What does my day-to-day job in a hospital teach me?

Suchi blog pic 350x211As I turned the last page of my text book “Your brain at work” by David Rock, I settled into my litany of thoughts of how my daily work at a hospital impacts my decisions. The book discusses how we can efficiently train our pre-frontal cortex in the brain to achieve maximum efficiency at work. I asked myself “How different would my career choices have been if I were not working in a hospital system like OHSU?” OHSU is academic health care system which has a hospital, a dedicated children’s hospital, research institutes, medical school, nursing school and dentistry school and a joint public health school (with Portland State University). It is a complex system which embodies different disciplines of health care.

My career at OHSU started with working in the research lab. While working as a researcher, I always sensed the huge gap of information exchange between the researchers and patients. Even if the field of medicine has been progressing rapidly, the patients are still not up-to-date with the ongoing research. I wanted to fill that gap. As I work in a hospital, I come across patients all the time and my mind always asks, “Do these people know about the latest cool technology in medicine? Would a better knowledge of the changing medicine make them hopeful for a cure? Will that experience be positive?” These activities provoked the biological seat of my brain, the pre-frontal cortex and I took the decision that I wanted to pursue a career where I could communicate about the latest findings of medicine to the community. I enrolled in the MBA program at OHSU and am currently working on how to make patient lives better. Delving deep, I think working in a hospital trains our pre-frontal cortex better and as all good things come in small packages, training the pre-frontal cortex is primary to achieving self control, developing compassion, better problem-solving and developing empathy.

How does a conscious mind define a job? It is a means by which one imparts the acquired education to the benefit of society and in the process stabilizes a source of income for the daily requirements. How does the sub-conscious mind perceive it? Do we ever realize how much our job changes us from within? Working in a hospital definitely does. It teaches one the art of loving life and appreciating the beauty associated with it. It teaches us empathy. It makes us less complacent. A research study conducted by Dr. Tania Singer at Max Planck Institute in Germany shows that the innate nature of human beings is being egocentric but there is a part in the human brain that autocorrects this characteristic. This part of the brain is called right supramarginal gyrus, a part of the cerebral cortex which plays a role in counteracting the egocentric nature of human being by deviating it from a tendency for self-centered perceptions of another’s pain, suffering or discomfort. This region of the brain segregates our perceptions from others. In the study, disruption of neurons in this area of the brain showed the participants to be no longer projecting their own feelings onto others. Since empathy is an acquired skill and the neural circuitry a malleable palette, we can train our brains to be more empathetic. Working in a hospital gives us that opportunity. Our day-to-day life is dealing with patients, patient samples, patient reports and in the process we somehow become a part of their roller coaster ride of joy, sorrow and anticipation.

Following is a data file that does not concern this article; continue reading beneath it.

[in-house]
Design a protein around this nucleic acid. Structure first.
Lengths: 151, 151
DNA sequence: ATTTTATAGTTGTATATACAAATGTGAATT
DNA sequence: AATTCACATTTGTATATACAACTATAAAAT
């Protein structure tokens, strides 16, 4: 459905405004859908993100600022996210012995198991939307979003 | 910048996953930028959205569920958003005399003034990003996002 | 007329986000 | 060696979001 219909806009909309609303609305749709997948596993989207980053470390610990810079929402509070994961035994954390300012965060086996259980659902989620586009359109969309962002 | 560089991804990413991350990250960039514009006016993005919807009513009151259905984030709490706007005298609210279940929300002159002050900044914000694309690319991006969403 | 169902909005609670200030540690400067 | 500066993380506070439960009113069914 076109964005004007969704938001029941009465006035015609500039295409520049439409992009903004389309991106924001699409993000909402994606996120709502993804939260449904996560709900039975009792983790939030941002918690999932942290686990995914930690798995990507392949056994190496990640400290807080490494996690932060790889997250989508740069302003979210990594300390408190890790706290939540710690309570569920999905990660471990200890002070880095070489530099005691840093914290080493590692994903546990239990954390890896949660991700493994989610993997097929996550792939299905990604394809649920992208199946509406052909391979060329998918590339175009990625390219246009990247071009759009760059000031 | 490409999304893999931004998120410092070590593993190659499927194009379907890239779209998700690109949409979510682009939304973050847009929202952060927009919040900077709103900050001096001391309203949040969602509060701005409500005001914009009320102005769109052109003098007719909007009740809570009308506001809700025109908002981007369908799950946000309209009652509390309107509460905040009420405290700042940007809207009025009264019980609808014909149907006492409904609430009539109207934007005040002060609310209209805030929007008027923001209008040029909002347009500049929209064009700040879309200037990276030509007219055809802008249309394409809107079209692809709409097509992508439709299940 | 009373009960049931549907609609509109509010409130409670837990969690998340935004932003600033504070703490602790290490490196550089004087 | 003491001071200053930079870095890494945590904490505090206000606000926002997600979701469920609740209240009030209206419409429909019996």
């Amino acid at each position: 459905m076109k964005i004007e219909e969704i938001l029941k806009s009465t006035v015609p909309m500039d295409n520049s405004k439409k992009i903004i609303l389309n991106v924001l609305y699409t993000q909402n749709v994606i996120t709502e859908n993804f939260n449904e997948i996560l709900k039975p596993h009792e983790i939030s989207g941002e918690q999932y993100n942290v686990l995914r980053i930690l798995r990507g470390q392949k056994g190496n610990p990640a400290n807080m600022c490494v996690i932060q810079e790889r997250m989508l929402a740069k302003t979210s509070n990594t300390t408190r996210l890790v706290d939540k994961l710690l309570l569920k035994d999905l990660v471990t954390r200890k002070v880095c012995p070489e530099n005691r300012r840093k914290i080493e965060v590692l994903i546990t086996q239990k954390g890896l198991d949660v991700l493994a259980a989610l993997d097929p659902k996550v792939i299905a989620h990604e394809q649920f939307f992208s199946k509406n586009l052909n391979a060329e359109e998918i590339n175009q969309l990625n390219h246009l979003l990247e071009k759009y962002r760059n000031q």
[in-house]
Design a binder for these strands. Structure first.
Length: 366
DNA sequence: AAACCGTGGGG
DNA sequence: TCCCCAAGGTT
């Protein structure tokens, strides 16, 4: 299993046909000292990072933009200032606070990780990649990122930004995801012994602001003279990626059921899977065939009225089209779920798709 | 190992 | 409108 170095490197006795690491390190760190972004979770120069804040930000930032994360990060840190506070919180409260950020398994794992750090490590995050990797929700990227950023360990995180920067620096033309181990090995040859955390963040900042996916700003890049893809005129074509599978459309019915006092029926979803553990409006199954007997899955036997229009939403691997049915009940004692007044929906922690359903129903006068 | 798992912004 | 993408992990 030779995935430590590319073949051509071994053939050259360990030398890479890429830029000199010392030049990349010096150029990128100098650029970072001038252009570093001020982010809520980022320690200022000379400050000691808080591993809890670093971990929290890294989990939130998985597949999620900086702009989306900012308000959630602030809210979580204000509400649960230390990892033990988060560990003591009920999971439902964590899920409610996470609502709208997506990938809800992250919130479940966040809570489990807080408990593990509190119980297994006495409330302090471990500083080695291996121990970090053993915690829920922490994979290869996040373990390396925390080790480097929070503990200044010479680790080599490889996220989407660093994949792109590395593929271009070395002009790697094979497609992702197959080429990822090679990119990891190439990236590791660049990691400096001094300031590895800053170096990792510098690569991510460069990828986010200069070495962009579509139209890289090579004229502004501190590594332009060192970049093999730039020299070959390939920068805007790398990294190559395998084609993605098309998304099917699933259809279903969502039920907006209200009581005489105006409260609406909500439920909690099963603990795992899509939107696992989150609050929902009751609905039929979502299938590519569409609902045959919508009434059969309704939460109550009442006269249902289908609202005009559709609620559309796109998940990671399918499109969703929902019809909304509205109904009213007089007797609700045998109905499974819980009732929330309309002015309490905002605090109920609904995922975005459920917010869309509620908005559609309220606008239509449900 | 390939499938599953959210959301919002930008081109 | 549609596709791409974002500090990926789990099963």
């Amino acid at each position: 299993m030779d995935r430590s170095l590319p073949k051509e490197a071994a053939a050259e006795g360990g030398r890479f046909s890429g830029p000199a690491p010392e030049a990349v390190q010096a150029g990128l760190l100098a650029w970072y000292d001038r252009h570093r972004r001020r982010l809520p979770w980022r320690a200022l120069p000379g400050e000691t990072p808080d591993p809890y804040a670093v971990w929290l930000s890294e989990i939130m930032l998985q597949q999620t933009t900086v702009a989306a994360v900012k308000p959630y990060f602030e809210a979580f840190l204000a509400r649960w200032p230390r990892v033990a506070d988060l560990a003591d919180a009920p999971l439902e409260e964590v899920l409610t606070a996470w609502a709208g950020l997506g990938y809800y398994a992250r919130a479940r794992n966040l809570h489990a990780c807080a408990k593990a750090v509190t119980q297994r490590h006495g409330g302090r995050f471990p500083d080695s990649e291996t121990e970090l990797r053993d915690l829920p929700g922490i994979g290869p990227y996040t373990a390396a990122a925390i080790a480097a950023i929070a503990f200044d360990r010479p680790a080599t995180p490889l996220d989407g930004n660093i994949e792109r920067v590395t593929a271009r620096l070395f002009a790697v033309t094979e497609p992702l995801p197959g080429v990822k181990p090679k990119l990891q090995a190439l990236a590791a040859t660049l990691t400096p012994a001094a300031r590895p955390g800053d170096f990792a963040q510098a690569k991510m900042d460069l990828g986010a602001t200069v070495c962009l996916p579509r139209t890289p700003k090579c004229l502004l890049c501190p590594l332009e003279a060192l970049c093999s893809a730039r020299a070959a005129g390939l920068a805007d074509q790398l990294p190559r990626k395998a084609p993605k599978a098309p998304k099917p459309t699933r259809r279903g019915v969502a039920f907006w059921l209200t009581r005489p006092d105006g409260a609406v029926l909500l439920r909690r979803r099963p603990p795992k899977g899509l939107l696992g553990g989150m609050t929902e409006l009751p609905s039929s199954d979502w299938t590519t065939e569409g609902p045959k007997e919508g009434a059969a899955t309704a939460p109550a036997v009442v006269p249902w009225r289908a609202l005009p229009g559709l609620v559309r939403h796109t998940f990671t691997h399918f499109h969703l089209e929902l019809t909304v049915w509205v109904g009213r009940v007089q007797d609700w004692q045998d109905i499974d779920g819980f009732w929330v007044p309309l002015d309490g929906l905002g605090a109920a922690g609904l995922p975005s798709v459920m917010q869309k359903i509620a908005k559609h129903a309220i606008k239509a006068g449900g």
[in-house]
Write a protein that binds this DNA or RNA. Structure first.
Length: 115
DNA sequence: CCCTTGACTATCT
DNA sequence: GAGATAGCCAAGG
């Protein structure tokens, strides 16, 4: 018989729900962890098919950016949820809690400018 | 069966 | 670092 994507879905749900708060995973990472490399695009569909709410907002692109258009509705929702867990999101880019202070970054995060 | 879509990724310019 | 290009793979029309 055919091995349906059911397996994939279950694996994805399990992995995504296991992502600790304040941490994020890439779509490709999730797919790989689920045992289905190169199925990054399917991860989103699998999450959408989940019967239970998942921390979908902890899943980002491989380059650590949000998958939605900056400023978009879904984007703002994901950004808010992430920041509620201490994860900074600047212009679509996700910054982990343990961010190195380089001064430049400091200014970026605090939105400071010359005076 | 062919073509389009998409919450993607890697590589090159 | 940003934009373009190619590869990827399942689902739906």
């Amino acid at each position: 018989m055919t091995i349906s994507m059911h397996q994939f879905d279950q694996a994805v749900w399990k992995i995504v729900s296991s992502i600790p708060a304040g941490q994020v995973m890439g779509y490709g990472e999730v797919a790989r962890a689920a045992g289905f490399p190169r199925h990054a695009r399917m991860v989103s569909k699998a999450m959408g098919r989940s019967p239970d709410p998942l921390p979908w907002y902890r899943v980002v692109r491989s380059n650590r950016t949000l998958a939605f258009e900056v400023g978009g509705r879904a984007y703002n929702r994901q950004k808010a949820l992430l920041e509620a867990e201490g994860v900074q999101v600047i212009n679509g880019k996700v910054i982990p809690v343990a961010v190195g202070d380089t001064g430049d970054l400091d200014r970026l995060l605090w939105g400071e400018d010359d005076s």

In the whole process, we learn to appreciate our own lives much more. We realize the fact that life is a gift. We learn to complain less about what we do not have and value what we have been blessed with. It teaches us that a regular, day-to-day uneventful life is actually a blessing as you still get to dress up for your office, work, go home and cook and spend time with your family. We learn to not take things for granted and savor every fruit of labor than devaluing it as a passing thought.

We can utilize this experience of working in a hospital as a platform for building skills of compassion, empathy, meditation and attaining peace within. Research studies show that practicing these skills can change the way our brain perceives pain and suffering. When functional magnetic resonance imaging (fMRI) was conducted on people who had undergone compassion training, physical changes in the brain structure were noticed.

Our daily job gives us a chance to become better human beings and we all can identify these opportunities and learn to be more thankful and appreciative of what has been bestowed upon us. We learn to look beyond and reason out compassionately the crankiness of a child, annoying habits of a spouse, unfamiliarity-with-latest-technology of an old parent, irritating habits of a neighbor or colleague and thus we acquire the art of loving and compassion.

Let us use our daily job to train our sub conscious mind to gain peace and stability within ourselves.

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Comments

  1. Shout out to all who work in hospitals. Challenging environments but full of caring people.

  2. This is lovely and so true for those in my office and for me. Thank you for your thoughtful writing and for sharing it.

About the Author

Sucharita Mitra Chatterjee is currently pursuing MBA in Healthcare Management at OHSU. She likes to understand the scientific reason behind everything occurring around her. She has a Bachelor’s and Master’s degree in biotechnology and has worked as a researcher in the fields of neuroscience, virology, cancer and cardiovascular diseases. Her hobbies include listening to music, Indian classical dance and traveling. She is a mother to a 3.5-year-old daughter. She aims to communicate science to the next generation in a fun manner.

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